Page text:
Two things: First that the poems operate within the remit of the magazine and the individual issue. For instance, a brilliant poem about China was never going to make it into the America issue of Litro for obvious reasons. The lesson here, I guess, is that the poet starting out should study the market and not send sonnets to a free verse magazine... however good the sonnet might be it will come straight back without being read. Secondly, I'd be looking for quality - for a poem that expresses itself in such a way that what it 'says' could never be expressed in any other way. It's interesting. I remember trying to get a poem in London Magazine for years. I sent eighteen separate submissions - forty poems in all - before finally getting accepted. The editor, Alan Ross would also enclose a brief personal note with the rejections slip saying 'not quite', 'almost' or 'try again' which kept you hanging on... He was also known for returning your submissions promptly. The joke was that you'd post them and by the time you got back home the rejection would be waiting for you!

 As a writer yourself, how do you deal with those dreaded rejection letters?
 Rejection has never bothered me. I've always felt that no-one asked me to become a poet and no promises were made. It always surprises me when my poems are published - either in a magazine or in a collection. And the best -perhaps only - piece of advice I could venture to offer a young poet is that they should learn to accept rejection as part of the process of becoming and continuing to be a poet. It isn't personal. The editor is rejecting the poems, not you or the sentiments expressed in your work. The secret is to persist. I've found that rejection - and there's been a good deal of it - has forged my identity as a poet. I've tried to learn from it.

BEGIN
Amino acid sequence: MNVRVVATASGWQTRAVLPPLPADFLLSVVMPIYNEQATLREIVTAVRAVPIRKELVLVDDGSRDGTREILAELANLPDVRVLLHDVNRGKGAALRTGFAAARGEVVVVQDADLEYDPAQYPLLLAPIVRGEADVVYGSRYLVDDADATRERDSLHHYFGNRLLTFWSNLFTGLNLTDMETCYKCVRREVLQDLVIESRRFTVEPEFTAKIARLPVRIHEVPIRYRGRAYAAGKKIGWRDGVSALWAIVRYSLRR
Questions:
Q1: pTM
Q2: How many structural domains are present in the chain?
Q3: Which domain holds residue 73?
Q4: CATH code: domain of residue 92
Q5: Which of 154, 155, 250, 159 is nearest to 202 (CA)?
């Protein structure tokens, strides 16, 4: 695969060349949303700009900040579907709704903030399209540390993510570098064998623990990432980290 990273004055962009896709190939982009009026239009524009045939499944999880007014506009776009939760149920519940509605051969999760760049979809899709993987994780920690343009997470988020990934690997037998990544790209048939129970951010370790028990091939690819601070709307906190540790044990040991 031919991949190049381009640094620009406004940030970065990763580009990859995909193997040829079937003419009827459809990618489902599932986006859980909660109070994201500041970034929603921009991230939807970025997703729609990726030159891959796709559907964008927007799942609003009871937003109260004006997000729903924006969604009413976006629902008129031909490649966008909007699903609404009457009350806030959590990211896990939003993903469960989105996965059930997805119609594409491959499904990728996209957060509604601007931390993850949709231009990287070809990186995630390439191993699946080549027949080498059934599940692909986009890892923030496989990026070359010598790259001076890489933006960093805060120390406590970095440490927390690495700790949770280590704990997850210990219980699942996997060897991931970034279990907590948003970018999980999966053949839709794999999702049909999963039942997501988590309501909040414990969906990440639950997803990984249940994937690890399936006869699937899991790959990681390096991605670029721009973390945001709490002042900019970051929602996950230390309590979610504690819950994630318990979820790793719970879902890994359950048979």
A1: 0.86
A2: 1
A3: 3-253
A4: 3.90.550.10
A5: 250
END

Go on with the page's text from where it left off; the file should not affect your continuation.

It's not uncommon for people to suffer from writers' block. Have you ever had this, and if so, have you got any tips for dealing with it?

I think all poets suffer from writers block. Glyn Hughes went for twenty-five years without writing a poem then came back stronger than ever. David Cooke has made a remarkable comeback after a similarly long period. Looking back, I tend to stop writing for around six months after a new collection has come out. Part of that might be due to the fact that I want to distance myself from those poems and begin, in some sense, afresh, although that isn't as conscious as it sounds. A good poet never stops writing. You might not be sat at the desk, actually working on poems, but the impulse to poetry is always there at the back of the mind and in the pulse of the wrist. You keep your eyes and ears open to the possibilities of image and language. The first time writer's block starts can be quite disconcerting as you feel you'll never write again. But experience has taught me that it will come back.

 Have you got any tips and advice for new writers sending off their work for the first time?